Freedom of Information: COPFS Case Management System (R010137)
“I would like to make a Freedom of Information request for information relating to the live operational case management system, it’s structure, how many staff are involved in maintaining it, it’s costs per year for the past three years and any reviews conducted on it’s operation in the past three years”.
You have asked for information relating to the electronic case management system operated by COPFS. The system consists of several electronic systems that are used together to manage casework in COPFS in respect of which COPFS holds a wide variety of information.
As you may be aware, the Court of Session judgment – Glasgow City Council and Dundee City Council v Scottish Information Commissioner  CSIH 73 (issued on 30 September 2009) – clarified that the Freedom of Information (Scotland) Act 2002 (FOISA) gives a right to information, not documents, and that information requests must identify the information sought. A request is not valid if it does not, in accordance with section 8(1)(c) of FOISA, describe the information requested. As your request is a general one for information relating to a electronic case management in COPFS it does not reasonably clearly identify the particular information you are looking for. In terms of the 2002 Act and the Court of Session decision we are therefore not obliged to respond to it.
However, in attempt to be helpful we are able to provide you with a general description of our electronic case management systems and if you wish to rephrase your request to clearly describe the information you are looking for, rather than simply “information”, we would be able to consider your request and respond in accordance with FOISA. If you need any further advice and assistance to rephrase your request, please do not hesitate to contact me.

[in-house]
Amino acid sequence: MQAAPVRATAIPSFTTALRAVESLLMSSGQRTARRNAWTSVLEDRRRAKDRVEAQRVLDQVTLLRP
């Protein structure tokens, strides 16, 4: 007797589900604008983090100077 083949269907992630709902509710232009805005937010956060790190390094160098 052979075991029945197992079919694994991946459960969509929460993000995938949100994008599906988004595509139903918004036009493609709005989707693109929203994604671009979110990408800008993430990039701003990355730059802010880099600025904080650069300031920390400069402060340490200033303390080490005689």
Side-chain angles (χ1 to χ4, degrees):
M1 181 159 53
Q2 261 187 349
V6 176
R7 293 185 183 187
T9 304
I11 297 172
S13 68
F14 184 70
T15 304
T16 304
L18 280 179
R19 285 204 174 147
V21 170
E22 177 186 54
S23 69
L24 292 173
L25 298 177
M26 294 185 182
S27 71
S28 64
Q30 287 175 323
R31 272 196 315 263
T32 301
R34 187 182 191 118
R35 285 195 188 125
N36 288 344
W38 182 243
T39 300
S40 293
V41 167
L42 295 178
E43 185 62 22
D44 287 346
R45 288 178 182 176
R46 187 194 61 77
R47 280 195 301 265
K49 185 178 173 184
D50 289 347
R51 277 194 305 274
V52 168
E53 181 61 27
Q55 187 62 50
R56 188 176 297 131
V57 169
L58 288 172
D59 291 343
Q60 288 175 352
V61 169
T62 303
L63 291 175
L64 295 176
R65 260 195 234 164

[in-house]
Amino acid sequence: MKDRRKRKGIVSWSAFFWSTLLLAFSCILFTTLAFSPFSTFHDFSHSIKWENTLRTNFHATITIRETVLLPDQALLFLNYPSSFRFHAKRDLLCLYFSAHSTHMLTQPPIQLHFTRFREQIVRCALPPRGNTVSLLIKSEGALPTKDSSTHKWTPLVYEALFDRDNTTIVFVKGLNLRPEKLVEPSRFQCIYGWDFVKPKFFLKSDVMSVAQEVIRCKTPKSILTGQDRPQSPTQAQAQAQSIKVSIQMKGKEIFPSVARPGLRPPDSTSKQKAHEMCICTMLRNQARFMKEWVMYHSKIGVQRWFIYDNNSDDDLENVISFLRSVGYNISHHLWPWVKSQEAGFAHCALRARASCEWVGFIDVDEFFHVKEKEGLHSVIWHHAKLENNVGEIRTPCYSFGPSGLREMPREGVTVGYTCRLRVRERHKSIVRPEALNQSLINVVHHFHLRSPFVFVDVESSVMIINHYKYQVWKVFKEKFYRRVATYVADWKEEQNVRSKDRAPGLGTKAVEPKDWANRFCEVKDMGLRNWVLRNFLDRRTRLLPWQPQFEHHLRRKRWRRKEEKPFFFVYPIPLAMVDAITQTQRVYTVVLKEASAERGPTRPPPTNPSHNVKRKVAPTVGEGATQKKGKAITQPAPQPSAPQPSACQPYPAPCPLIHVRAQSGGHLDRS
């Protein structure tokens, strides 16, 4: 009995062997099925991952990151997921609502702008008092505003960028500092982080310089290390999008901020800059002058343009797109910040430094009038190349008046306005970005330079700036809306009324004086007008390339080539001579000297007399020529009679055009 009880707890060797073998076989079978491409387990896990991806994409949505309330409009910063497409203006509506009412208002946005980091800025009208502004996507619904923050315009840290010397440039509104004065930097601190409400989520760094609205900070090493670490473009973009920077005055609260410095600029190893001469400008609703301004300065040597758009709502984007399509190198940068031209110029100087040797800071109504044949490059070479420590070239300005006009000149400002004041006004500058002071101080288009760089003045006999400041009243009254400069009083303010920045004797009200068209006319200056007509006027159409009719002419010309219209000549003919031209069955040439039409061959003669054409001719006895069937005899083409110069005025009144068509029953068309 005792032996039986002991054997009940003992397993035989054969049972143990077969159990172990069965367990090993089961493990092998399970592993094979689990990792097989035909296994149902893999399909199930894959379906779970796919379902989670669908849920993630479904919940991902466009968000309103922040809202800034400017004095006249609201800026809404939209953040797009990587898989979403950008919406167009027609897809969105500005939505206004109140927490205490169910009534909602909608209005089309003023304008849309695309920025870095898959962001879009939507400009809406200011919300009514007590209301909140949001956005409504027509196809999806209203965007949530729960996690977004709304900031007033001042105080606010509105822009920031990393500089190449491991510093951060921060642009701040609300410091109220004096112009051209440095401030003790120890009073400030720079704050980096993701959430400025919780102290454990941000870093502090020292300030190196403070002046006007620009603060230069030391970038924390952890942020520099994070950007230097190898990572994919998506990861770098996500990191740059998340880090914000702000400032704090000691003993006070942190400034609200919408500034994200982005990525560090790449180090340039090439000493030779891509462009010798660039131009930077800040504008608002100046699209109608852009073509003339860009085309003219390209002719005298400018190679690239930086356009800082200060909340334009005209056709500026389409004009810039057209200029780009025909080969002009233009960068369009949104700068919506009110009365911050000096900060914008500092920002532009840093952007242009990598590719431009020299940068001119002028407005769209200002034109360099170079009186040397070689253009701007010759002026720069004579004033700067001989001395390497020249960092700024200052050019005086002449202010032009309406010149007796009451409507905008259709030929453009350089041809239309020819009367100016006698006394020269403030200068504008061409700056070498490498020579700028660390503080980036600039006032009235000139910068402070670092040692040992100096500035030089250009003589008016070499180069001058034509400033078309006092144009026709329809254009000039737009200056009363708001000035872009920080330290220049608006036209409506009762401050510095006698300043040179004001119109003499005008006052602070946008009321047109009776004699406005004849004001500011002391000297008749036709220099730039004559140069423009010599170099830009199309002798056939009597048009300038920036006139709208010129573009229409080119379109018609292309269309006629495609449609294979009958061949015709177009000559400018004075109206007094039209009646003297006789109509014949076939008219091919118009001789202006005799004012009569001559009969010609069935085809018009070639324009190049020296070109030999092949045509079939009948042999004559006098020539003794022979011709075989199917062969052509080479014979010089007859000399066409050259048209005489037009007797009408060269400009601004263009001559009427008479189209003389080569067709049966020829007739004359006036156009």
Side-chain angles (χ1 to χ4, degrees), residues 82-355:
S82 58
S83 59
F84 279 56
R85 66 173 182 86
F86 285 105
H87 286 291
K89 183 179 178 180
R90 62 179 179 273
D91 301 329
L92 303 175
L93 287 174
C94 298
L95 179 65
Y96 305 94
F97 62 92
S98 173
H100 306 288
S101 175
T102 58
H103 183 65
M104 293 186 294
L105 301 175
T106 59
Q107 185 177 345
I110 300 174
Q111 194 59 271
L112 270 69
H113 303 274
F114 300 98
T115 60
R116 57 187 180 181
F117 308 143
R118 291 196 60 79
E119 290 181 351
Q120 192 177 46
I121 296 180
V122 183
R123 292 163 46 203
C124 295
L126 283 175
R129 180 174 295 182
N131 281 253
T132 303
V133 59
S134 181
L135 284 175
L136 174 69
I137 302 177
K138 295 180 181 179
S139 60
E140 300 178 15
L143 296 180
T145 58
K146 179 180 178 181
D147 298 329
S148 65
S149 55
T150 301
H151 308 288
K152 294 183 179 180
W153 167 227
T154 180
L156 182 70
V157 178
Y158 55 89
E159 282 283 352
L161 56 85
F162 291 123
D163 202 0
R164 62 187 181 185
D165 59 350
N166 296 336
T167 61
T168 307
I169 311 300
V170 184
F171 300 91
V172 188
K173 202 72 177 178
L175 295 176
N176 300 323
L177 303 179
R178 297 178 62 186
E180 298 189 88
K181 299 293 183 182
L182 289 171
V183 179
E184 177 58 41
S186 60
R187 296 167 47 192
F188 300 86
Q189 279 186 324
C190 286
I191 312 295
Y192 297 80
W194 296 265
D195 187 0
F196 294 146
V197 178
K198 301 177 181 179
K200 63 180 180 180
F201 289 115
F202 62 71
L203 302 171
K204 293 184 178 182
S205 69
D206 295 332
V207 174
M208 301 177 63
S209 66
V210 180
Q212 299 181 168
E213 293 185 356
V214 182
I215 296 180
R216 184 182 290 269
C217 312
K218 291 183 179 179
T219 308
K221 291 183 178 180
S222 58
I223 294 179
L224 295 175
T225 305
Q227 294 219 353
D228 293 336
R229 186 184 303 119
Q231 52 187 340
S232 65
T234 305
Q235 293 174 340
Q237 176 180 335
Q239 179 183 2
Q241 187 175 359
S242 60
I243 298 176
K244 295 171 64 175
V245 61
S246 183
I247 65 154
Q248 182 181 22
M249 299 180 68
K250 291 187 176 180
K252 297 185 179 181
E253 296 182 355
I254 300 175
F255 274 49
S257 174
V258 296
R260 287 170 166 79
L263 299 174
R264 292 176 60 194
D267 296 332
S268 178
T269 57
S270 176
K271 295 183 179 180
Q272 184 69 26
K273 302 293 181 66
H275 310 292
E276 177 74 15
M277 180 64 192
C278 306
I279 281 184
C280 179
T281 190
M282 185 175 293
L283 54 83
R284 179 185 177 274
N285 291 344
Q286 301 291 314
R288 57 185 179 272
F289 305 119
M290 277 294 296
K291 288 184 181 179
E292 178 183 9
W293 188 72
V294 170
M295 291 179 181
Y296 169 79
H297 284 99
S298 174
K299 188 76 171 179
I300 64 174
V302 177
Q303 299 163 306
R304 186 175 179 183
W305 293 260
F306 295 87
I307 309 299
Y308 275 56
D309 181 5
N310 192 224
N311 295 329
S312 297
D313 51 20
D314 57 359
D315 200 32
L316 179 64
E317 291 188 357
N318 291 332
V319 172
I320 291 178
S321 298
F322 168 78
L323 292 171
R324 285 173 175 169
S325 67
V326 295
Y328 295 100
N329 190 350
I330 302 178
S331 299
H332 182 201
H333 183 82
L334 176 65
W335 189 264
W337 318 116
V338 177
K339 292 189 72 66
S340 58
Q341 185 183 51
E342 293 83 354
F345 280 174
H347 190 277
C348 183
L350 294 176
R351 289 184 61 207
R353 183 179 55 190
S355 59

1. “Live operational case management system”
The Crown Office and Procurator Fiscal Service (COPFS) case management systems provide live, operational databases designed to meet COPFS business needs for the processing of all charges reported to COPFS for consideration of prosecutorial action, by Police Scotland and Specialist Reporting Agencies, and the structured storage of other prosecution service case related information.
COPFS holds all operational data needed for business purposes; for example, to prepare court documentation; to send and receive electronic information regarding court appearances and results; to cite witnesses; to deal with disclosure of information to the defence etc.
2. “Its Structure?”
The COPFS case management systems are managed through an IT infrastructure centred around an enterprise Oracle relational database management system, operating on an AIX operating system platform, containing information about each case from initial report to COPFS from Police Scotland or other criminal investigation agency through to disposal, including steps in preparation if there is to be a court appearance. COPFS digital information is shared via a number of external electronic connections: a system linking to Police Scotland, via which crime reports are received, electronic information about prosecutorial decisions on charges is reported and some case preparation activities are all exchanged; and, a system linking to the Scottish Court and Tribunal Service (SCTS), which notifies SCTS of the intended initial calling of a case before a court and by which the SCTS systems then automatically update the COPFS database with the results of all court appearances. Information regarding pending and final outcomes following decisions by prosecutors and courts is also passed electronically to the Criminal History System operated by the Scottish Police Authority.